With the private sector’s investment, the National Innovation Centres (NIC) will research and develop five key areas of smart factories, digital content, network security, smart urban areas, and environmental technology.
The project of establishing a NIC model to replicate later has just been submitted to the government for comments. At the meeting with ministerial and sectoral leaders, as well as domestic and international consultants on the formulation of the NIC on March 4, 2019, Prime Minister Nguyen Xuan Phuc highlighted five priority areas, including smart factories, digital content, network security, smart urban areas, and environmental technology.
The prime minister affirmed that the government would spare no efforts to facilitate the building of the NIC.
Last July, PM Phuc assigned the Ministry of Planning and Investment (MPI) to research the model of NIC. The MPI set up a research group and invited Boston Consulting Group (BCG) and Arup company to review the experience gathered from over 30 innovation establishments.
Consultants said that Vietnam has a range of advantages over other countries in the region, including a wide talent base and software engineers working in developed countries like Singapore and the US. Thereby, it is necessary to seduce them back to their home country.
NIC is not only a building or working space, but also a symbol of innovation, a perfect ecosystem which outshines those of neighbouring countries, to make creative products,according to consultants.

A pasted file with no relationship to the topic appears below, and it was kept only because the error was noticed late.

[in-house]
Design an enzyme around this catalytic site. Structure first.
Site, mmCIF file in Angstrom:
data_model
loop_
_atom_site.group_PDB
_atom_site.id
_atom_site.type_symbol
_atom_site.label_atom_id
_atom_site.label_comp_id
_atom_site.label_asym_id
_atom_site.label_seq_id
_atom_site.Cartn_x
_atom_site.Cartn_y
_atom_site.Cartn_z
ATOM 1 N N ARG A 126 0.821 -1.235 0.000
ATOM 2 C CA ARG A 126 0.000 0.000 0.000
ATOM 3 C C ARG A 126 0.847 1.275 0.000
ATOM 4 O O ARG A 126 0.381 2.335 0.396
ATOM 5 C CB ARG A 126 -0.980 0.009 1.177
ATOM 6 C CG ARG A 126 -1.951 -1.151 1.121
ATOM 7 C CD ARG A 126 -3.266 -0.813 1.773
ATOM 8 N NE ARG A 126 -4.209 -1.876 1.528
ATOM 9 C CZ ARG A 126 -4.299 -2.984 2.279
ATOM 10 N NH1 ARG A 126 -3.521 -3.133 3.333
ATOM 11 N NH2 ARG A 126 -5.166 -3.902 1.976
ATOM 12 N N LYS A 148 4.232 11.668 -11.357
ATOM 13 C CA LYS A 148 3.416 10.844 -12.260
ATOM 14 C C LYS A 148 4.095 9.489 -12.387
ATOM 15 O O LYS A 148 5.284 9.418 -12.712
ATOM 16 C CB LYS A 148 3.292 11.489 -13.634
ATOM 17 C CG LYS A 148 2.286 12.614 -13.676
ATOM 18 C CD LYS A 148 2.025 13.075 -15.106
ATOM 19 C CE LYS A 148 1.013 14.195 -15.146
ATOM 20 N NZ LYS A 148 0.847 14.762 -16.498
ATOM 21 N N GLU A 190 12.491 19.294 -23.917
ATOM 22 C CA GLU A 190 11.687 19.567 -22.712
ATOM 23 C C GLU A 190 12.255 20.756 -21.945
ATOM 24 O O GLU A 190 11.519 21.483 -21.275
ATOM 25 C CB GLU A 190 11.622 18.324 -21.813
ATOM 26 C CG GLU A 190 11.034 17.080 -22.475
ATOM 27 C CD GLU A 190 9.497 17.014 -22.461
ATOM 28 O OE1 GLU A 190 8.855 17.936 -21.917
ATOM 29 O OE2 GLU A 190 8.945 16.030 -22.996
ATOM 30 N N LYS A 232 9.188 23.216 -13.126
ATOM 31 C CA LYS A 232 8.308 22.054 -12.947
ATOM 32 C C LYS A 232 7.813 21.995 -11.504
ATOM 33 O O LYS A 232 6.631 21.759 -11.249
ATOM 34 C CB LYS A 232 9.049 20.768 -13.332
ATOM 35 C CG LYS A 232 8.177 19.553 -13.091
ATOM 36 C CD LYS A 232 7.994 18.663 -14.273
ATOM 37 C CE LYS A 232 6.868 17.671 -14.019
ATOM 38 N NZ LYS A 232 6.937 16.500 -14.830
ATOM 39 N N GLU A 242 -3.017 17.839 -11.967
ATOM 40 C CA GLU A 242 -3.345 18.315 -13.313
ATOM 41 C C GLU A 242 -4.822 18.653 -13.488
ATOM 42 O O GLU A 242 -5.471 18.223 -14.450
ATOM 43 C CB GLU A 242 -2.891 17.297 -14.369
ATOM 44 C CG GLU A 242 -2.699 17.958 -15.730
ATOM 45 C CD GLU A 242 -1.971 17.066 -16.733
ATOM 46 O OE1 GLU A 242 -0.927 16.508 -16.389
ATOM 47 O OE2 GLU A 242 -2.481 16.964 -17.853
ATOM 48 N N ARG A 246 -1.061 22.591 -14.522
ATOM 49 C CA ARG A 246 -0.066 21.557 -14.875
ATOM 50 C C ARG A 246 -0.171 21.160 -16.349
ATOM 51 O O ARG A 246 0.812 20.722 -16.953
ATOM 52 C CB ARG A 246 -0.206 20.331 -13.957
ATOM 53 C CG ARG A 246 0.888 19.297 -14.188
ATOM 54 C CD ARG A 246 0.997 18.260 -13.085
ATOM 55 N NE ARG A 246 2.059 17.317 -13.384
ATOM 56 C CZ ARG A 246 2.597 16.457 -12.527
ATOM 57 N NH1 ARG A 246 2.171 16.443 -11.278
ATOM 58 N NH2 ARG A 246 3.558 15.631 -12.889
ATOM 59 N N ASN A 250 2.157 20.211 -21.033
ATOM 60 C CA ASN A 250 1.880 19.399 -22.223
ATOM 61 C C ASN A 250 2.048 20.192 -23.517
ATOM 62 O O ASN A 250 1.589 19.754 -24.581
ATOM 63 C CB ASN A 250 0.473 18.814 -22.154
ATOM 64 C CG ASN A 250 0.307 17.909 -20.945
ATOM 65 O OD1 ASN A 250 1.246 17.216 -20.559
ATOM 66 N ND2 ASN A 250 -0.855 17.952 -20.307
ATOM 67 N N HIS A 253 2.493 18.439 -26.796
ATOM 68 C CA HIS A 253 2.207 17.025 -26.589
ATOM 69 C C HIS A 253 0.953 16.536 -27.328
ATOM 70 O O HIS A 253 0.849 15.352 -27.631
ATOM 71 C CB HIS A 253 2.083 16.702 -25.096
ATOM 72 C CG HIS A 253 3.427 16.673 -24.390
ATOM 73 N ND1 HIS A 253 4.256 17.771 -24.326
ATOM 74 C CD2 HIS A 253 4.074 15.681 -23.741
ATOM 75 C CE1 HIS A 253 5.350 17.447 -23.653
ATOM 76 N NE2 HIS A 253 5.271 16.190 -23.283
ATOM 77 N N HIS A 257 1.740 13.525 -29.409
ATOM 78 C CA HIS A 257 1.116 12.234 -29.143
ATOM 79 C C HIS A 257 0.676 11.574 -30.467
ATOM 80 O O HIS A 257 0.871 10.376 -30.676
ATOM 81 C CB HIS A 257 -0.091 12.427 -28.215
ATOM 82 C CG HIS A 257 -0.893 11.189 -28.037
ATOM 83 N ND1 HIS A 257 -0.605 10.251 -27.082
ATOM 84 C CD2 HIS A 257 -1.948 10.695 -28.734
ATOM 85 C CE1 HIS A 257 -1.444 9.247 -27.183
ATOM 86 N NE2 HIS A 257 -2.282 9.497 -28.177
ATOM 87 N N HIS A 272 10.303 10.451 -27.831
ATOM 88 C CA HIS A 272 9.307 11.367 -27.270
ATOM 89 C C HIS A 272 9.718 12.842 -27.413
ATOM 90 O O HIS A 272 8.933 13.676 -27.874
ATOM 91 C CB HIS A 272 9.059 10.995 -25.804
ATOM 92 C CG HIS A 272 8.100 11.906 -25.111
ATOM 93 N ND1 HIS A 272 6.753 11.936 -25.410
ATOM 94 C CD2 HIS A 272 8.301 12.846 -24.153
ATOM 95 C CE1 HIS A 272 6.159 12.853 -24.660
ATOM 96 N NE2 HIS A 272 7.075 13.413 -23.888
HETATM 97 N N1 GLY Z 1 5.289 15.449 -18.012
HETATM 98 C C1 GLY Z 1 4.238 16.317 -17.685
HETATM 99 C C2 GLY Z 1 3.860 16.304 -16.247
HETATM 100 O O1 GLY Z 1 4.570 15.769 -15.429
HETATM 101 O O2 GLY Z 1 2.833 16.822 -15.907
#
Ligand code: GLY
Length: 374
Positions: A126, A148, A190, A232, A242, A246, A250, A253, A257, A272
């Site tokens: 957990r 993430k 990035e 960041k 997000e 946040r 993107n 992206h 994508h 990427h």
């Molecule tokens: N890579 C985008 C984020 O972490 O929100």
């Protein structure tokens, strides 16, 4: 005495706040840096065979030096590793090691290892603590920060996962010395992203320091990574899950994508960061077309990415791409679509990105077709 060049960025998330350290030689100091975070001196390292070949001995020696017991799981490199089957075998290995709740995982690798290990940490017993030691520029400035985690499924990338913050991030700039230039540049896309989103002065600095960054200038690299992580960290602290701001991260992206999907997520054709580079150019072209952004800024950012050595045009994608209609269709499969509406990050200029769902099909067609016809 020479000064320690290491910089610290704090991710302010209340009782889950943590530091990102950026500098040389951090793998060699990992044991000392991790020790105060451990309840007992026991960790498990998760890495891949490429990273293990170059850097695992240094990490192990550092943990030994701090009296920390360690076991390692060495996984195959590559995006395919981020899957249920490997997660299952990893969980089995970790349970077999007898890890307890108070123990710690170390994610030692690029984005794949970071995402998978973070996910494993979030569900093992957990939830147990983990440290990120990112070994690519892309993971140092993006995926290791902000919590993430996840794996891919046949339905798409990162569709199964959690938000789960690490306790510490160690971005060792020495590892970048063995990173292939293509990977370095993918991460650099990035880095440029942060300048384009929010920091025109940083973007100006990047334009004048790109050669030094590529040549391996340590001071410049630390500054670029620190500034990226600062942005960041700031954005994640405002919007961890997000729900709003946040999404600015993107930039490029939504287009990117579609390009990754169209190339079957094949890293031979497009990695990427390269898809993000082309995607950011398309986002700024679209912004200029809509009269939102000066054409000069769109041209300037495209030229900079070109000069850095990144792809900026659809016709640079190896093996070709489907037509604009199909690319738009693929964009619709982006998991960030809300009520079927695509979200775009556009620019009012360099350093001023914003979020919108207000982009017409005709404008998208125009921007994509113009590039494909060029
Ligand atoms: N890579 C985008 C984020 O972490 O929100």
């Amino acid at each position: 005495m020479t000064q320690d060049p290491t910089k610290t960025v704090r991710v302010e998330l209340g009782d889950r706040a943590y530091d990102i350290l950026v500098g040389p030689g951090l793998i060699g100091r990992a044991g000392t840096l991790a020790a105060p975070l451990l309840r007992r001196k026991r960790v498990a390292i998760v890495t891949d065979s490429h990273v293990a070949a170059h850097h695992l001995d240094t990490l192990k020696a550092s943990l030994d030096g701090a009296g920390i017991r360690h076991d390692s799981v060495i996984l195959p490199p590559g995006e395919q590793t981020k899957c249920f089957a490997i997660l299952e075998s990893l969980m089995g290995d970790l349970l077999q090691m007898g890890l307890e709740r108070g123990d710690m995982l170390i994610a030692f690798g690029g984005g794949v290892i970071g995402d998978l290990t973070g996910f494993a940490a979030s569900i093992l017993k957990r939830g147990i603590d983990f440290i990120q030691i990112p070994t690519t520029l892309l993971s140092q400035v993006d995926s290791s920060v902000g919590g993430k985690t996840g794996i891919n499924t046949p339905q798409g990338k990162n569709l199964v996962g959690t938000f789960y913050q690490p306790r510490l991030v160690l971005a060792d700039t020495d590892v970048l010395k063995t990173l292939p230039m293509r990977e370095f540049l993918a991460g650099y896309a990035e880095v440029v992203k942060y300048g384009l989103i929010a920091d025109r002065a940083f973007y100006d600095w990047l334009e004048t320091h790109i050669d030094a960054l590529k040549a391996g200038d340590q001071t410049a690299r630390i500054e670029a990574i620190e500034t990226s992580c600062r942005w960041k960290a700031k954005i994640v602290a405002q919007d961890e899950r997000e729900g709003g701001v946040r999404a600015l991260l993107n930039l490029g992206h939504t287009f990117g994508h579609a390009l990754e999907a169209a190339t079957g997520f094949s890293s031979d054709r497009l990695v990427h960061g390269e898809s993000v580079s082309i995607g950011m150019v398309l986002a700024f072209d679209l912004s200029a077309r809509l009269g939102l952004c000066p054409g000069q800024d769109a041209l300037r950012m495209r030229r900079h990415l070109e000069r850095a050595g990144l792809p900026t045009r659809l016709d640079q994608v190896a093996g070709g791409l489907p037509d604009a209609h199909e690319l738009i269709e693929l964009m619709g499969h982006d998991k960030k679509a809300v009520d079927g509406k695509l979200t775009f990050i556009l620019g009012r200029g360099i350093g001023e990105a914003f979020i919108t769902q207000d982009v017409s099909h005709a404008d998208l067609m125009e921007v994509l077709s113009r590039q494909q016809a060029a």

All mechanisms of taxes, land, and administrative procedures, along with licensing and commercialisation of research projects at NIC should be facilitated.
The experiences of other countries showed that their NICs and Industry 4.0 have been developing well with government assistance, like in Singapore. If Vietnam does well, the economic benefits will be unlimited.
Taking the example of South Korea’s success, this country gains $30 billion in annual revenue from NICs, creating 40,000 skilled jobs, and connecting with thousands of companies.
Addressing the event, Prime Minister Nguyen Xuan Phuc hailed the MPI and consultants for their initiative in NIC. He also hoped that if successful, the pilot projects would be replicated.
The NIC would play an important part for Vietnam to implement the Fourth Industrial Revolution, the prime minister stressed.
The government tasked the MPI to review, speed up the project, and mobilise social resources. He also stressed the necessity to connect enterprises and laboratories.
The MPI was asked to collect comments from lawmakers and consultants to perfect the project.
The government said PM Phuc would spare no effort to facilitate the project as without innovation, science, and technology, Vietnam would not be successful and able to seize opportunities.